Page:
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TOC exam 3


when is labeling a dependent variable? when explaing why a behavior is wrong and individuals are selected
the outcome is also known as ___ dependent variable
when is labeling an independent variable? when labels are what is causing the problem and perpetuating the delinquent behavior
the cause is also known as ____ independent variable
____ is responsible for the looking glass theory Cooley
what does the theory of looking-glass self mean? we are or we become what others think we are
what is dramatization of evil? communitys dramatized reaction to the breaking of minor laws
________ is the initial acts of norm violation primary deviance
secondary deviance is when the actor ________ realizes label and its effects, and its deviant role
who is responsible for primary and secondary deviance? Edwin Lemert
falsely accused means ___ obedient, perceived as deviant
pure deviant means ____ breaks rules, perceived as deviant
conforming means____ not perceived as deviant, obedient
secret deviant means ____ not perceived as deviant, breaking the rules
what are Becker's typology of delinquents? falsely accused, pure deviant, conforming, secret deviant
what is retrospective interpretation?
what is a master status? labels that transcend all other traits
what distinguishes labeling theory from other theories? labeling has unintended consequences like the person becoming more criminal/deviant
what are the findings of the Schwartz and Scholnick study? any involvement with the CJS seemed to impact the ability to get a job, even if the person was not found guilty
______ is responsible for reintegrative shaming John Braithwaite
what is disintegrative shaming? no work done with offender and society, destroying moral bond between them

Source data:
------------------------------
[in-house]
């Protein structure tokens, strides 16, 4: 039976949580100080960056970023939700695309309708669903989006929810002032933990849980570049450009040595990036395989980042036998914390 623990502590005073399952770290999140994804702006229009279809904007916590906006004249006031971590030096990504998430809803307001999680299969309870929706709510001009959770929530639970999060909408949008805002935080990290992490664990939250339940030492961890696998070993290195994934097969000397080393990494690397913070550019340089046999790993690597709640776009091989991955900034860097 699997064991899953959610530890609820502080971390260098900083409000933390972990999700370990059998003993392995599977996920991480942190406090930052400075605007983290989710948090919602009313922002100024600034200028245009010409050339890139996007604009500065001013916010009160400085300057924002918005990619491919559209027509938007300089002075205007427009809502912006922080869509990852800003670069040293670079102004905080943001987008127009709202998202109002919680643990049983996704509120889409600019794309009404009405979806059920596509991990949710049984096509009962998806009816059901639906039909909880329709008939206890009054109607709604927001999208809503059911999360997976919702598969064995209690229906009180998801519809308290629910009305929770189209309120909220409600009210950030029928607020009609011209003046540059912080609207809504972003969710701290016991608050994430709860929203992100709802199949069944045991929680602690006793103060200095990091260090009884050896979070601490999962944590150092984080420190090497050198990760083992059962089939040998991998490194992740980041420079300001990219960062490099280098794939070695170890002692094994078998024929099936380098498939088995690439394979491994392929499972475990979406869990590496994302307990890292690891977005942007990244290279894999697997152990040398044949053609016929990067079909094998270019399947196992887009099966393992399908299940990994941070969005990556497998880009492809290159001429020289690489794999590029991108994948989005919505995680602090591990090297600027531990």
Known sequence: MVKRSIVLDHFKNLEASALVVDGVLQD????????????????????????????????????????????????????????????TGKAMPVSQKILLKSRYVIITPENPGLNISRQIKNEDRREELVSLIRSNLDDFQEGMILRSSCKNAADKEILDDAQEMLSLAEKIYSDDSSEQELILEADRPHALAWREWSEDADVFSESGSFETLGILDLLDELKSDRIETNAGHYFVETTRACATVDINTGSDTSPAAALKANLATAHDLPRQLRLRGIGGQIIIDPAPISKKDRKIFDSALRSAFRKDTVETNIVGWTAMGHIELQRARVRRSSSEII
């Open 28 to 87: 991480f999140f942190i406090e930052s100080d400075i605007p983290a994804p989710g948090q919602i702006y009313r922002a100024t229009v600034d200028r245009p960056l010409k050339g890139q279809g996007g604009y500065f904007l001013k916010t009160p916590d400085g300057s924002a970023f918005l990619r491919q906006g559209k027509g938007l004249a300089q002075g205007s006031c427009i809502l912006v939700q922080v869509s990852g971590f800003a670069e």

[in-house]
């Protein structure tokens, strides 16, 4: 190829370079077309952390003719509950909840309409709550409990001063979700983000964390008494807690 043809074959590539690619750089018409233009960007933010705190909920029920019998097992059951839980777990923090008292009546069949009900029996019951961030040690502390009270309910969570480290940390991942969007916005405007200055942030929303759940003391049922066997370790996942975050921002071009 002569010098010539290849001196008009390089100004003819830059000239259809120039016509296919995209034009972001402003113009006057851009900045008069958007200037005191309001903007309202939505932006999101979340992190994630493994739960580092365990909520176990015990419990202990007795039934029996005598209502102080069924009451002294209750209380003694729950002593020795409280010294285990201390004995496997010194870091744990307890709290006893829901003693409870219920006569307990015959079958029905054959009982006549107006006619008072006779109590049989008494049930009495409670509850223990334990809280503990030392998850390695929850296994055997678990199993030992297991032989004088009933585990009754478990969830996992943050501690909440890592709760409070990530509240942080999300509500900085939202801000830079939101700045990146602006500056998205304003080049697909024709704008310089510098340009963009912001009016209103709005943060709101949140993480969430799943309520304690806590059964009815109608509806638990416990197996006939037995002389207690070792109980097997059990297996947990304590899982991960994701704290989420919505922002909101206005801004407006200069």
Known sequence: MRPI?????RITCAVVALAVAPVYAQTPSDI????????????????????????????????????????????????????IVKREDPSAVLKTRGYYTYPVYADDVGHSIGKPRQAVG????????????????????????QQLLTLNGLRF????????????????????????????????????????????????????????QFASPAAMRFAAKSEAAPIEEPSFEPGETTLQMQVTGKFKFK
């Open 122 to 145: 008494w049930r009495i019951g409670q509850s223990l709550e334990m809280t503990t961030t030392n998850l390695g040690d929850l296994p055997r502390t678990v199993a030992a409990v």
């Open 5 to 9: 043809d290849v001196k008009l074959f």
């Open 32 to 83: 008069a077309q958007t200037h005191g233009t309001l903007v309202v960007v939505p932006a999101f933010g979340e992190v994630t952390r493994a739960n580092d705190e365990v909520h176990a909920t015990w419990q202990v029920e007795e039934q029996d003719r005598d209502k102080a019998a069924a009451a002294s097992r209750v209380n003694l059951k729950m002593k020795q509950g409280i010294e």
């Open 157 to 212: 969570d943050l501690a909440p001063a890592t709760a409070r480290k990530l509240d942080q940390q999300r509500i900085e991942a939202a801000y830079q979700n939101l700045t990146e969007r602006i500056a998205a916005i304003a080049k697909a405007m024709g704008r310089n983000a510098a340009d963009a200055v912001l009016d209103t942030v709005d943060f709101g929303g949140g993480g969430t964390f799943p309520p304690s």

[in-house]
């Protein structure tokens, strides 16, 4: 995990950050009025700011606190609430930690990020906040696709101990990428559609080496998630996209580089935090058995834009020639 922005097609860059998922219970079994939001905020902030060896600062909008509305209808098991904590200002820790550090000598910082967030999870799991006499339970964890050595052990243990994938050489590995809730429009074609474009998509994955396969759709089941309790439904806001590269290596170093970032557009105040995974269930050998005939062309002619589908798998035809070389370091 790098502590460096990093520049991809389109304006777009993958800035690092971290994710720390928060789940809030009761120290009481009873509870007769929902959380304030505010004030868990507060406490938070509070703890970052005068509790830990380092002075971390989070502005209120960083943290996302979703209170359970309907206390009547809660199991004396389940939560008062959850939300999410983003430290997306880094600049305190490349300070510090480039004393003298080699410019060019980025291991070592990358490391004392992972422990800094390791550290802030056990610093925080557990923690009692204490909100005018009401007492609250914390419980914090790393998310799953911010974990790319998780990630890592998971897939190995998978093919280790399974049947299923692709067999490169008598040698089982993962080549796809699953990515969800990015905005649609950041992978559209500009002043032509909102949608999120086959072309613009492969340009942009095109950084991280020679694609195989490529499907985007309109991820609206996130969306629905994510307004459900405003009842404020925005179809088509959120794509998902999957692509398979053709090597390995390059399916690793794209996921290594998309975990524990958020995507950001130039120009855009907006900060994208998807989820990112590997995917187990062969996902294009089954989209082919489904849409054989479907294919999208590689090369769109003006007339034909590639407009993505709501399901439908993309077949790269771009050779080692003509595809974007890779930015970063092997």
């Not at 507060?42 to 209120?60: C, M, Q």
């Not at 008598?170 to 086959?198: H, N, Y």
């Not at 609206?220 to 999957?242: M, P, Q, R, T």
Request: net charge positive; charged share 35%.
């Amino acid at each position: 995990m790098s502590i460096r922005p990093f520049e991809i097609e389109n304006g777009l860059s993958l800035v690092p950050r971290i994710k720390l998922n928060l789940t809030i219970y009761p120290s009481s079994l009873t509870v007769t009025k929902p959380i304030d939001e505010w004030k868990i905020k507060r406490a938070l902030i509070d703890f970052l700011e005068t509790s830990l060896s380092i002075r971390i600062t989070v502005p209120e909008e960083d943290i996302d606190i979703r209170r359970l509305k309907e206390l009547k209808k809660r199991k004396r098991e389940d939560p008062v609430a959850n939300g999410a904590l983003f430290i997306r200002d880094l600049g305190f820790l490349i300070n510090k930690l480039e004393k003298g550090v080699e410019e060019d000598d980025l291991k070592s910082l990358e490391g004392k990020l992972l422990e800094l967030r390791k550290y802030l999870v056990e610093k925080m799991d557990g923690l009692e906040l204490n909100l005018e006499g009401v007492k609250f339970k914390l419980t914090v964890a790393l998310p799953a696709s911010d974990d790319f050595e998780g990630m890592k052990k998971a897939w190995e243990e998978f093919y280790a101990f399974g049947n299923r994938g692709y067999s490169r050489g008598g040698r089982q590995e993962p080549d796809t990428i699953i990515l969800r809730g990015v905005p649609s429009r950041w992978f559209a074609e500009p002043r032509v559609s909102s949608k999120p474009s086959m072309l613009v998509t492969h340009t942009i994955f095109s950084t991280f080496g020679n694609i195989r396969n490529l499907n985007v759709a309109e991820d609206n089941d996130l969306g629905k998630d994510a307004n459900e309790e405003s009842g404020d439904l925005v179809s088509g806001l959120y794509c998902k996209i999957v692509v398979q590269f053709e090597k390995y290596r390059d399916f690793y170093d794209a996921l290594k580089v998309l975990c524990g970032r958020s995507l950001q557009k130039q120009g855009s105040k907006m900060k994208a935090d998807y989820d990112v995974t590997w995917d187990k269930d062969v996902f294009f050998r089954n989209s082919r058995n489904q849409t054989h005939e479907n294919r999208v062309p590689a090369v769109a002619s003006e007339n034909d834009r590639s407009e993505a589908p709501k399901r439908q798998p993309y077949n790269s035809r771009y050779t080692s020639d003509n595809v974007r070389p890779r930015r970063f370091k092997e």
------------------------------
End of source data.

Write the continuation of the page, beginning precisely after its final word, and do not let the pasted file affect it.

what is reintegrative shaming? work done with the offender to cleanse deviance, community condemns crime, not criminal
_____ is the view that society is divided into groups with competeing ideas and values. The group with most power makes laws and controls society conflict theory
informal control is administered by ____ family, friends, church, neighborhood
formal control is administered by___ police and courts
what is the relationship between formal and informal controls? Breakdown in informal control brings an increase in formal control, and informal controls grow out of the need to fill gaps left by weak formal controls
_____ is responsible for group conflict theory George Vold
what crimes are the focus of group conflict theory? Political protests, labor disputes, disputes between & within competing unions, racial & ethnic clashes
what crimes are committed by the lower class against the upper class? accommodation & resistance
what crimes are committed by the ruling class against the lower class? Domination & repression, control, government; Crime of accommodation & Crime of resistance
explains both law & criminal justice, and focuses on the division between ruling-class and laborers Marxist theory
according to Marxists, what are the social classes in society? capitalism
with power, ruling-class elite in a capitalist society bourgeouis
no power, working-class in a capitalist society proletariat
according to Marxist theory, what should happen to imprisonment in times of recession? imprisonment should be high
according to the Marxist theory, what is the purpose of imprisonment? to regulate availability & cost of labor
according to Marxists, what is the reason for conflict? mode of production
according to Marxist, what causes crime? Capitalistic organization of society & economic conditions